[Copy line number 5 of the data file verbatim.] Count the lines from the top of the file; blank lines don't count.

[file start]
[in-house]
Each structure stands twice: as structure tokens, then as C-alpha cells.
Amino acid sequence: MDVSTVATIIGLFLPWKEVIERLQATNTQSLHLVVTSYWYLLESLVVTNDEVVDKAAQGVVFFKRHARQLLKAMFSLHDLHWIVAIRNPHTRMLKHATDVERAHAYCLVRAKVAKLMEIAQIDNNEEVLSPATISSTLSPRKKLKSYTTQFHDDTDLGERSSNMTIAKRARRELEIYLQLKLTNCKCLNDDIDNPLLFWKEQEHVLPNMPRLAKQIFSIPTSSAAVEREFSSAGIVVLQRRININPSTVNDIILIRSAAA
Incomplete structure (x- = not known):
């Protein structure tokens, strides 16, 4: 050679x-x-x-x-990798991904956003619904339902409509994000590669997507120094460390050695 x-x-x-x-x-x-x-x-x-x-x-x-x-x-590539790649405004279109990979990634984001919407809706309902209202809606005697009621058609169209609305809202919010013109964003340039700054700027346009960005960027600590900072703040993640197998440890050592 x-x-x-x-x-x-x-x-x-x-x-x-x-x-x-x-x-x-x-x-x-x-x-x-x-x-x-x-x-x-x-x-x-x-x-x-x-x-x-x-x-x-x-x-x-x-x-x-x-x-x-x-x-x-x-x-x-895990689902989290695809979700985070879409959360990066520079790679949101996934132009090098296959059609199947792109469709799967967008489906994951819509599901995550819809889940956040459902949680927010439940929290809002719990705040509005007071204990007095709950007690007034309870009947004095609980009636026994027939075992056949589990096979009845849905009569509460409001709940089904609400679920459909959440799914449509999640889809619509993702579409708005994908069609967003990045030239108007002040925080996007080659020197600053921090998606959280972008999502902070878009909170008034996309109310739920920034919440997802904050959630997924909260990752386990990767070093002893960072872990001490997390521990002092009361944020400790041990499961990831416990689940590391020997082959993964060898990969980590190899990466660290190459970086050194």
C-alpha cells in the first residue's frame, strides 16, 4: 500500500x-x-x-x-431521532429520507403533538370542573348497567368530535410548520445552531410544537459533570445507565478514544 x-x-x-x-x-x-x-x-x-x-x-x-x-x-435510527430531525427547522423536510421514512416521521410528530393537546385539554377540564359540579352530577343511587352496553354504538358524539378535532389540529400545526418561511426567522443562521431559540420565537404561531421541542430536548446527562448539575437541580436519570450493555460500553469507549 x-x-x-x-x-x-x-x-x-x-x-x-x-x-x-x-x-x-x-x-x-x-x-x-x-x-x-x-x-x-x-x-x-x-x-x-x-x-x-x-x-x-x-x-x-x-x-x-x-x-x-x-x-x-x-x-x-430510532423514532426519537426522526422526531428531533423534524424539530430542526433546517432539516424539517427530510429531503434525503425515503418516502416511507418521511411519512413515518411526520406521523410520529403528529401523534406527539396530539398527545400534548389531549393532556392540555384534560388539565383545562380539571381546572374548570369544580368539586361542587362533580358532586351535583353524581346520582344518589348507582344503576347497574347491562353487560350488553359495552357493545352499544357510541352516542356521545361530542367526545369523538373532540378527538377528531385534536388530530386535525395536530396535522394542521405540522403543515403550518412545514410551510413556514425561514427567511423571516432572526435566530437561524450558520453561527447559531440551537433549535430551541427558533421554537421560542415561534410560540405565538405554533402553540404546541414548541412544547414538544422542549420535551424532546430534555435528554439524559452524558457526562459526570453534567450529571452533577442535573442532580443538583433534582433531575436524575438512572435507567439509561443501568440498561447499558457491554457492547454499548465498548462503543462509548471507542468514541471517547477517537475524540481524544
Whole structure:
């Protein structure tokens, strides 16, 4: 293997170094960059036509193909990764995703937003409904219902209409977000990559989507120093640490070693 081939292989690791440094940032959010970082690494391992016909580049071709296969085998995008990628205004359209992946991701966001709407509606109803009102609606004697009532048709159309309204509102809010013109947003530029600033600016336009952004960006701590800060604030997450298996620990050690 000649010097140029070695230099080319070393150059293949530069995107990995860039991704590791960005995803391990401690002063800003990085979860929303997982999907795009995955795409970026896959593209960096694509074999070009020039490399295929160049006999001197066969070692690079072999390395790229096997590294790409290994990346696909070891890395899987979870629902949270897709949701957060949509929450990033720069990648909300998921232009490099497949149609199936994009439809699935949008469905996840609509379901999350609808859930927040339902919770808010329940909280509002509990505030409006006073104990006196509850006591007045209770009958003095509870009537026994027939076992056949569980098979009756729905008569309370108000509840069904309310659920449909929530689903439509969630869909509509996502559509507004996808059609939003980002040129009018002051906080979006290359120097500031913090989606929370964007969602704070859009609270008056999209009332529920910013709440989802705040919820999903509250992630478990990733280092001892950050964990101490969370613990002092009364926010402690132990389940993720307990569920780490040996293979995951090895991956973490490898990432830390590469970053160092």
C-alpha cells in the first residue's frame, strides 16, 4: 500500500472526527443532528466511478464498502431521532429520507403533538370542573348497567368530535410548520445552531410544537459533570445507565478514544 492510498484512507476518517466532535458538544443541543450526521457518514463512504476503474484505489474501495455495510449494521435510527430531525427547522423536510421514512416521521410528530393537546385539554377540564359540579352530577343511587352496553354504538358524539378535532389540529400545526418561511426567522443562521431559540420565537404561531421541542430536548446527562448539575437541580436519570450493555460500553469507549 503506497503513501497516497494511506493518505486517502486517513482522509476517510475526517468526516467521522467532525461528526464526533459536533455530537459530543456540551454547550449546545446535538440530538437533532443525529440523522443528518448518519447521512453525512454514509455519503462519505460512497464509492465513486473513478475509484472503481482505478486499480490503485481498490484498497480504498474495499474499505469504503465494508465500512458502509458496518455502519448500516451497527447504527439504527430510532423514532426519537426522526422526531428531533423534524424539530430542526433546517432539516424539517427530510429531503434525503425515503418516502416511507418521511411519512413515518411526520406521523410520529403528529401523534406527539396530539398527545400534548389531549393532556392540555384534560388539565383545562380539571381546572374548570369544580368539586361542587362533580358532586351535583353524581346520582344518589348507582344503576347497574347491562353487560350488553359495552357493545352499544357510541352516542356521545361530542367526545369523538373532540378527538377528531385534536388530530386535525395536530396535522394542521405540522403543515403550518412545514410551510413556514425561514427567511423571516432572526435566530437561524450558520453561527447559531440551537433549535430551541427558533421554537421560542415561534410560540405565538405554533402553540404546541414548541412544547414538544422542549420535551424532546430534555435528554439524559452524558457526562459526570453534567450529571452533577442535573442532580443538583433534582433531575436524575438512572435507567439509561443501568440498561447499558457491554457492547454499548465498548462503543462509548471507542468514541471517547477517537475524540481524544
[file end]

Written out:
């Protein structure tokens, strides 16, 4: 050679x-x-x-x-990798991904956003619904339902409509994000590669997507120094460390050695 x-x-x-x-x-x-x-x-x-x-x-x-x-x-590539790649405004279109990979990634984001919407809706309902209202809606005697009621058609169209609305809202919010013109964003340039700054700027346009960005960027600590900072703040993640197998440890050592 x-x-x-x-x-x-x-x-x-x-x-x-x-x-x-x-x-x-x-x-x-x-x-x-x-x-x-x-x-x-x-x-x-x-x-x-x-x-x-x-x-x-x-x-x-x-x-x-x-x-x-x-x-x-x-x-x-895990689902989290695809979700985070879409959360990066520079790679949101996934132009090098296959059609199947792109469709799967967008489906994951819509599901995550819809889940956040459902949680927010439940929290809002719990705040509005007071204990007095709950007690007034309870009947004095609980009636026994027939075992056949589990096979009845849905009569509460409001709940089904609400679920459909959440799914449509999640889809619509993702579409708005994908069609967003990045030239108007002040925080996007080659020197600053921090998606959280972008999502902070878009909170008034996309109310739920920034919440997802904050959630997924909260990752386990990767070093002893960072872990001490997390521990002092009361944020400790041990499961990831416990689940590391020997082959993964060898990969980590190899990466660290190459970086050194």